"YouTube Premium. At first I didn’t mind the single ad you could skip but now it’s up to two long ads you can’t skip with the mid-roll ads thrown in. They keep upping the ante to force you to subscribe to Premium."
Given the increasingly high number of ads on YouTube, it's pretty astounding that I haven't signed up for Premium yet.
"When you work out..."
"Overdraft fees. When you work out the effective interest rates on overdraft fees, you find there’s a lot of hurting people paying interest that would make a loan shark blush."
Yep, what's up with those?
They're actually a thing. Just try explaining to someone who doesn't know how you get punished for having no money so you have to pay more money and see how they react.
"Phones that no longer..."
"Phones that no longer come with Micro SD card slots so you have to pay for cloud storage if you need more."
One of the most frustrating things. It was so much easier before!
"In the U.S..."
"In the U.S. Having to do my own taxes or pay a company to do my taxes even though the IRS already has all the relevant information."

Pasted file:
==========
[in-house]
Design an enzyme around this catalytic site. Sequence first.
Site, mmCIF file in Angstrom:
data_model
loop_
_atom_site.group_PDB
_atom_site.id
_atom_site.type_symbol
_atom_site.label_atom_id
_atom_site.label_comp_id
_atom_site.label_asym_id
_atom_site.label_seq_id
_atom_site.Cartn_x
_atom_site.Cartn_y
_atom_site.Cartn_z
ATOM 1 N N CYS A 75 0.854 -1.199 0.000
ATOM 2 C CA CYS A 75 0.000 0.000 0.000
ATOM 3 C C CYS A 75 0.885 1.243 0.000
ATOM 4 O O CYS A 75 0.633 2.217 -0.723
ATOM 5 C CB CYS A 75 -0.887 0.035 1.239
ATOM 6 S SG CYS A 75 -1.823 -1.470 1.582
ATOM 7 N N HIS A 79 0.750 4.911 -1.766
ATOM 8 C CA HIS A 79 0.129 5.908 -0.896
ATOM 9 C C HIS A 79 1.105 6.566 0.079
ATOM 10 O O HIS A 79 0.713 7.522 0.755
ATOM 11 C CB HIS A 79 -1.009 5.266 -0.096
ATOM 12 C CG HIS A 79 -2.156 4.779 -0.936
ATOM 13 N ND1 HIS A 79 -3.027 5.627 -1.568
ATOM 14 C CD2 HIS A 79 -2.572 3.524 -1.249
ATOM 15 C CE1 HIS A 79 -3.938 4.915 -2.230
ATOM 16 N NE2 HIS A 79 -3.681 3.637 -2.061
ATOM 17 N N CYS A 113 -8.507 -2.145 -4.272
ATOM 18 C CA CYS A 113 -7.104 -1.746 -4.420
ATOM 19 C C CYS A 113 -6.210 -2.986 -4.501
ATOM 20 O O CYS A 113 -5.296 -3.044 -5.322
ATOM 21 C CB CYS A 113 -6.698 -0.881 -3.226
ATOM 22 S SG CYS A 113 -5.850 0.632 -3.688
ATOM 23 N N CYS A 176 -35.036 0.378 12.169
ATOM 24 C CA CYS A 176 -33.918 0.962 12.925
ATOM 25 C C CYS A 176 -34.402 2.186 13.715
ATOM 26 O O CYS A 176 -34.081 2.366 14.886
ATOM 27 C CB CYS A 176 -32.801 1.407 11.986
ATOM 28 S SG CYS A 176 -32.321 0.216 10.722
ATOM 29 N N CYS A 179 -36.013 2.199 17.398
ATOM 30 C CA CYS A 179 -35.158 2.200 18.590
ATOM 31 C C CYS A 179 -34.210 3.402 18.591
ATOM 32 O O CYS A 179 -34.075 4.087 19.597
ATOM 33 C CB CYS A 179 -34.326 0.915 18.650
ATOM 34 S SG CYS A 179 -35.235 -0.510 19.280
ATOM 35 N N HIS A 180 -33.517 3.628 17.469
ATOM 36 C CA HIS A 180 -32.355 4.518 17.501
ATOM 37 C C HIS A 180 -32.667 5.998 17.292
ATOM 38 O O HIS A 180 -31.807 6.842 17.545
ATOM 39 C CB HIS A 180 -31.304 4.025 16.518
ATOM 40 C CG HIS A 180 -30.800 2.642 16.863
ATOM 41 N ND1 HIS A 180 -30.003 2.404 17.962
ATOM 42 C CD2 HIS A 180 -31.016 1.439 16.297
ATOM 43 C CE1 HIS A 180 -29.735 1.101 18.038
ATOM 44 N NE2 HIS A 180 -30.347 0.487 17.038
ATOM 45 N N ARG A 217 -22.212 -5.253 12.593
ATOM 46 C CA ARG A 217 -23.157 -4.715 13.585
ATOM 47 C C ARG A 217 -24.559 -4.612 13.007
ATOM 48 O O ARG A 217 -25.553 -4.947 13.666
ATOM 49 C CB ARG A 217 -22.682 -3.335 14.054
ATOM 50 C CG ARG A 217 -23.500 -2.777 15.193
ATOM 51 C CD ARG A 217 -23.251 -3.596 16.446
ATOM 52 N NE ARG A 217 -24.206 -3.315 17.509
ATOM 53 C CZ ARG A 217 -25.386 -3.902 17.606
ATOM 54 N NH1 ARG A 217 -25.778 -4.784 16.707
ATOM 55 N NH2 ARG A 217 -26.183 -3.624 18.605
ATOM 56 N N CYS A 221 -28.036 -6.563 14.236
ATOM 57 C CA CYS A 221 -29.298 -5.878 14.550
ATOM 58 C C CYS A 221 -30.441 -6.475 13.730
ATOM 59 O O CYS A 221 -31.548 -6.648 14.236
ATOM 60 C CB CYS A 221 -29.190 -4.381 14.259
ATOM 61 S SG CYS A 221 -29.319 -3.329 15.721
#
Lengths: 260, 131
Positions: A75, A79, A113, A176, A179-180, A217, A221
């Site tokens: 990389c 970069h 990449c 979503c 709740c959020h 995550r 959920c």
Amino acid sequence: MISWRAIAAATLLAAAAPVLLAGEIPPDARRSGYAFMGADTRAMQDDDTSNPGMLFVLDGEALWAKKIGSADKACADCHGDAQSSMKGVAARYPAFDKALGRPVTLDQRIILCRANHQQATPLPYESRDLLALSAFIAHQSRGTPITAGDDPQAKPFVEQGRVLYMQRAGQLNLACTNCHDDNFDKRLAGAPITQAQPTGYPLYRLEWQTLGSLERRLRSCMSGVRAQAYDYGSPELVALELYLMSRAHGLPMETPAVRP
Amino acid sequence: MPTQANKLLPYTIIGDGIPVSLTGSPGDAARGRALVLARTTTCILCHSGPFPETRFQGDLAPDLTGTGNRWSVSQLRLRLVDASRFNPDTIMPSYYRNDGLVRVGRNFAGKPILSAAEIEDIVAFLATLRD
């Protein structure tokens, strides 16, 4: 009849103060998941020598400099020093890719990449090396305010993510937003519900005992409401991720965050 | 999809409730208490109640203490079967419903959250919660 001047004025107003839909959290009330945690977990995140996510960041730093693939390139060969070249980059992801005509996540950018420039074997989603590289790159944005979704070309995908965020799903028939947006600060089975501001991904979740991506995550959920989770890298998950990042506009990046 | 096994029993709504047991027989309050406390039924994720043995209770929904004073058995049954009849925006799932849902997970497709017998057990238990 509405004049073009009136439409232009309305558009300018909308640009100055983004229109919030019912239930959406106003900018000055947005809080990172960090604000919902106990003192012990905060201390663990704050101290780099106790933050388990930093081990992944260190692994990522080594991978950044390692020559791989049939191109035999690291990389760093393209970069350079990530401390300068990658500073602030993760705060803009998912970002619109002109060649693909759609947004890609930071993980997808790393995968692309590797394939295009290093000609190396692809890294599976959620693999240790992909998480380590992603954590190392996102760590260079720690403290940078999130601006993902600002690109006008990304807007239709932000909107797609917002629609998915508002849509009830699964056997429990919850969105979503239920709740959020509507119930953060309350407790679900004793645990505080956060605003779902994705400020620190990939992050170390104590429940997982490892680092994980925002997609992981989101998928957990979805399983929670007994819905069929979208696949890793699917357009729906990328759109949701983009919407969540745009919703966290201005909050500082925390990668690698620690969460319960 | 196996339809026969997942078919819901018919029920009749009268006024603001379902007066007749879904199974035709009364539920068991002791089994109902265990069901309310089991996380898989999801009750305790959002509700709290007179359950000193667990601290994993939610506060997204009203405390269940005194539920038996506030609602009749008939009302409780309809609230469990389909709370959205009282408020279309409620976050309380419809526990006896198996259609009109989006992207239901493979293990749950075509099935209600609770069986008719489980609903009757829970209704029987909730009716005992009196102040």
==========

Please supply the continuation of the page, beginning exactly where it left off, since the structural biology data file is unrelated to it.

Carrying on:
Well, let's be clear: They don't have everything. What happens if you have items you need to deduct? They definitely don't know how much you've donated to charity.
"There used to be restrictions..."
"Credit/interest rates. There used to be restrictions on who gets a loan and what the rates could be, but private enterprise I guess."
When it comes to having no credit or bad credit, I would choose no credit every single time.
"Insanely good prices..."
"Humble Bundle. Insanely good prices and I can select where my payment goes, so I could donate 100% to the charity. It feels like it's too good to be true. I'm still blown away by it."
Never heard of this before and now I will be on the prowl. Going to do some reading and see if it lives up to the hype.
"Enjoy your entry level job..."
"Oh, you graduated cum laude? Enjoy your entry level job that barely covers the interest on your monthly payment."